BRITISH party destination Ayia Napa has been left a ghost town due to coronavirus during what is usually the busiest time of the year.
Town mayor Christos Zanettos said they haven’t seen it this empty during peak season for more than 25 years.
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Usually at this time of year the first tourists descend on Ayia Napa as Cyprus’ premier party resort kicks off for a season that often lasts through to November.
This week Ayia Napa’s golden beaches and clear blue waters were utterly empty – umbrellas and beach loungers were stacked neatly along its shores but there was nobody there.
Mr Zanettos said: “Not since 1974 when I was born have I or anyone seen anything like it.”
He has also started enlisting lifeguards for the beaches amid hope that, at the very latest, the holiday season will begin on June 1.
Ayia Napa remains among the top party destinations for Brits in the Mediterranean drawing close to a million UK revellers every year.
This summer it hopes to get them back in spades as Cyprus sells itself as a coronavirus-free destination after recording some of the lowest casualties and cases in Europe.
The island has less than 1,000 cases, with only 107 confirmed deaths caused by coronavirus.
Speaking exclusively to Sun Online the county’s tourism minister, Savvas Perdios, said Brits would be “welcomed with open arms.”
Any suggestion they weren’t, he insisted, referring to earlier reports they’d be at the bottom of the list of visitors the island wants to fly in, was “wrong and unfounded.”
Cyprus is in a race against-the-clock to prepare itself for the season, its tourism minister said after the EU announced travel guidelines to get the industry moving on Wednesday. “Foreign travel agents and tour operators have been waiting to get these in their hands,” he said of the safeguards describing them as “the backbone” on which the tourist industry could press the reset button.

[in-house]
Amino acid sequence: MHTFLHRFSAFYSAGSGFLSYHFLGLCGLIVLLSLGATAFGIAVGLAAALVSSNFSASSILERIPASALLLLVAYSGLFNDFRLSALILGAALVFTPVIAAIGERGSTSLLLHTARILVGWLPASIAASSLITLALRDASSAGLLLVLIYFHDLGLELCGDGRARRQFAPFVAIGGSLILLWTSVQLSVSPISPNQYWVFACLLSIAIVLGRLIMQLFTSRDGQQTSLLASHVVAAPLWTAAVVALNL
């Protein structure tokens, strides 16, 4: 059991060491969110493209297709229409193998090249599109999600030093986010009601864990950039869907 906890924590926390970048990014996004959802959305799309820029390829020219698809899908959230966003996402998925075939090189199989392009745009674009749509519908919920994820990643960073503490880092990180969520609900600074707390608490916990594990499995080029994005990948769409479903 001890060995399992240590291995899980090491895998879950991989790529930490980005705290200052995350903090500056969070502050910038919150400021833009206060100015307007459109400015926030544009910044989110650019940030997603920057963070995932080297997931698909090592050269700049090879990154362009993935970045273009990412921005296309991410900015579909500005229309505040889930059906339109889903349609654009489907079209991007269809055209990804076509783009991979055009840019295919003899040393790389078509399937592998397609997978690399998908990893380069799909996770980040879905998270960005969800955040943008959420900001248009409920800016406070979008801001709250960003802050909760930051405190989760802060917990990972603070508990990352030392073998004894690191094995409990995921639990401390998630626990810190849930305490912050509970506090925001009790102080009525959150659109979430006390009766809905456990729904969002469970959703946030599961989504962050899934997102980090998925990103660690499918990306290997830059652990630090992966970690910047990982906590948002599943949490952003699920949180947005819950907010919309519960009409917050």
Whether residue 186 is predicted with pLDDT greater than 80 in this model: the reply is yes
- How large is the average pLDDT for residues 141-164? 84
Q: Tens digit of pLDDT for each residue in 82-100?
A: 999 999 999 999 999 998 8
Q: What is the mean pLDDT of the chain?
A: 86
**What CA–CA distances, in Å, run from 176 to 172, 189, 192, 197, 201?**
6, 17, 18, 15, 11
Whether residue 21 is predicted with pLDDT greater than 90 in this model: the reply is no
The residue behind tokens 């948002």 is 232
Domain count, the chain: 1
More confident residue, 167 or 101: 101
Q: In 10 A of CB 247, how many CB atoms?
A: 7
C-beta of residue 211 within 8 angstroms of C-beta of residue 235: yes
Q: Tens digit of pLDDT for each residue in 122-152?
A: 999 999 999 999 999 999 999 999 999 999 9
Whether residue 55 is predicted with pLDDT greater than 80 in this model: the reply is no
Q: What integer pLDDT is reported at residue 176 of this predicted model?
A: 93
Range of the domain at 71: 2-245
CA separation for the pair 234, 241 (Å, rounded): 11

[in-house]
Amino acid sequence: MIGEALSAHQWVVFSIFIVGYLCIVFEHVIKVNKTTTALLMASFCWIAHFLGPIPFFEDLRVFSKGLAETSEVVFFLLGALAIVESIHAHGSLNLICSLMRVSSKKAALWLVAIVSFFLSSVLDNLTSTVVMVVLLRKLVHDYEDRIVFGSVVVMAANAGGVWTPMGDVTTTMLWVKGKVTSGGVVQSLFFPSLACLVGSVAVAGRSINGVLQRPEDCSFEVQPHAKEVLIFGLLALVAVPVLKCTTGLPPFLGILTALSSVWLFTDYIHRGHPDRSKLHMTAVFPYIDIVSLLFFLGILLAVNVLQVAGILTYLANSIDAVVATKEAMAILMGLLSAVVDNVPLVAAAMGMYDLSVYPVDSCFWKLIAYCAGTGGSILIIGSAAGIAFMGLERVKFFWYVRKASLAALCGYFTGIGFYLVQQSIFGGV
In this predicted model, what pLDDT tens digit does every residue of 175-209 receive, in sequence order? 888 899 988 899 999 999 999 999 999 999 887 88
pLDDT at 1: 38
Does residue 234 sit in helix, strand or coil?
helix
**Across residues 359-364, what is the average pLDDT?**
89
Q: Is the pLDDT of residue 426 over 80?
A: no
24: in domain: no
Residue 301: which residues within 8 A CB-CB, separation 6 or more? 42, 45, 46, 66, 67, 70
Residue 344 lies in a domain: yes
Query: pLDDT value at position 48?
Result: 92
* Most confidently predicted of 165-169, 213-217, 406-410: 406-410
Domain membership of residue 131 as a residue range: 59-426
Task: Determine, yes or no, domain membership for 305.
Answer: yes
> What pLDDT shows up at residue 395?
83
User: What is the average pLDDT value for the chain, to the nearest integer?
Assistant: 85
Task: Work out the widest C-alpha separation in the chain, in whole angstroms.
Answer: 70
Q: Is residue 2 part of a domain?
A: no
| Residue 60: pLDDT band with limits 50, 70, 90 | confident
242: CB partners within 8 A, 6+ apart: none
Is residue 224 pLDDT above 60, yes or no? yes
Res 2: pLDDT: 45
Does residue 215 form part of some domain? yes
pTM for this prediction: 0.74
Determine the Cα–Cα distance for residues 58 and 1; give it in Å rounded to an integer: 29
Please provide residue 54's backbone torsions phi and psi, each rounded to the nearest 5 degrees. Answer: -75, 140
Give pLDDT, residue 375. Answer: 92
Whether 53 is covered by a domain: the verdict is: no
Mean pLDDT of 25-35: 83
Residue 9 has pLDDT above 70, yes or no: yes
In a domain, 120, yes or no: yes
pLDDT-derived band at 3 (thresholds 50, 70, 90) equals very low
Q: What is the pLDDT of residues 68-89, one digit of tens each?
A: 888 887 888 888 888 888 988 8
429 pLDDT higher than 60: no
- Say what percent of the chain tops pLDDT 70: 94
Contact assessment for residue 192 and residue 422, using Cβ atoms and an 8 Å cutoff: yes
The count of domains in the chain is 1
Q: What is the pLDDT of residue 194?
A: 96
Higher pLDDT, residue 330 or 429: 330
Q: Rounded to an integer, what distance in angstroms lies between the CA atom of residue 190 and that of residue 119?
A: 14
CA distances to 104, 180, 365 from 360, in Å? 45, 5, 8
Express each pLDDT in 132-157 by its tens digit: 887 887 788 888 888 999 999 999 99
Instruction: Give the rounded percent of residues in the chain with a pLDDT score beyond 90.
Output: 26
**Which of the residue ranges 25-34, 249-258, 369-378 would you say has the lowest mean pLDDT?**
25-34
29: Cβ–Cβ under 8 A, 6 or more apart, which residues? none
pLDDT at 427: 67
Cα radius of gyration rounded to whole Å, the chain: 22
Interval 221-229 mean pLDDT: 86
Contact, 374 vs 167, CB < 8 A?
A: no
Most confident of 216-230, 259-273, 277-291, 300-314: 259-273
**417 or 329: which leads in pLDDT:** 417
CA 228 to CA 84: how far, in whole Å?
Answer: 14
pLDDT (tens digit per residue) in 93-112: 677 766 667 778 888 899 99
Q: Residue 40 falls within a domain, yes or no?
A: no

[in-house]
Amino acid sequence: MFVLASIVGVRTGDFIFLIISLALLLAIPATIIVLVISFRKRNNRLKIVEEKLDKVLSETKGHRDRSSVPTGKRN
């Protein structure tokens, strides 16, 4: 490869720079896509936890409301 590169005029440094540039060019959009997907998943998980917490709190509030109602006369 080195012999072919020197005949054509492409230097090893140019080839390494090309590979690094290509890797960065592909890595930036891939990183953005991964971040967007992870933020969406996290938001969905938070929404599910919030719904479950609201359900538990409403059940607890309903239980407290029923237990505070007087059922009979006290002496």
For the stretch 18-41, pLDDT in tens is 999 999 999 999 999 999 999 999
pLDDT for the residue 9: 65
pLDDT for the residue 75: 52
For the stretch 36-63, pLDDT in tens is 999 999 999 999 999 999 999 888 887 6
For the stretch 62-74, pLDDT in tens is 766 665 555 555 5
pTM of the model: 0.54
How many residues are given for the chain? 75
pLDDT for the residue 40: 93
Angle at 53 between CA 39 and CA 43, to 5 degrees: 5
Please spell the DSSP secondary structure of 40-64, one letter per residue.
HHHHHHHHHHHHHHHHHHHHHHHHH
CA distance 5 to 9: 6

But the government has also signalled it wants to clean up the reputation of the resorts.
Banning consumption of alcohol on streets, sidewalks and public squares will be part of a “new national tourism strategy,” says Mr Perdios.
Last week he endorsed local health ministry efforts to ban laughing gas in Ayia Napa, long blamed for outrageous behaviour in the resort and widespread in Cyprus’ popular coastal areas.
The tourism minister added to Sun Online Travel: “The intention is to draft new laws that will make Cyprus a quieter destination and make sure people are behaving properly in the streets, when it comes to having a drink, going out, respecting their surroundings etc.
“We would have done it by now but because of the Covid outbreak everything has been put on hold.”
In recent years Ayia Napa has sought to clean up its reputation for drunken debauchery with a building drive that has included multi-million pound marinas and upscale resorts.
Yiannis Karousos, who was Ayia Napa’s mayor until October when he became the island’s transport minister, began the clean-up campaign saying the town wanted to break away from its image as a lads holiday destination with round-the-clock bars, pubs and clubs. Instead it wanted to become “the most cosmopolitan resort of the Mediterranean.”
TUI wants to restart their summer holiday packages, with Cyprus one of the key destinations.
Friedrich Joussen, TUI Group CEO, said “People want to travel. Europe must now gradually open up.
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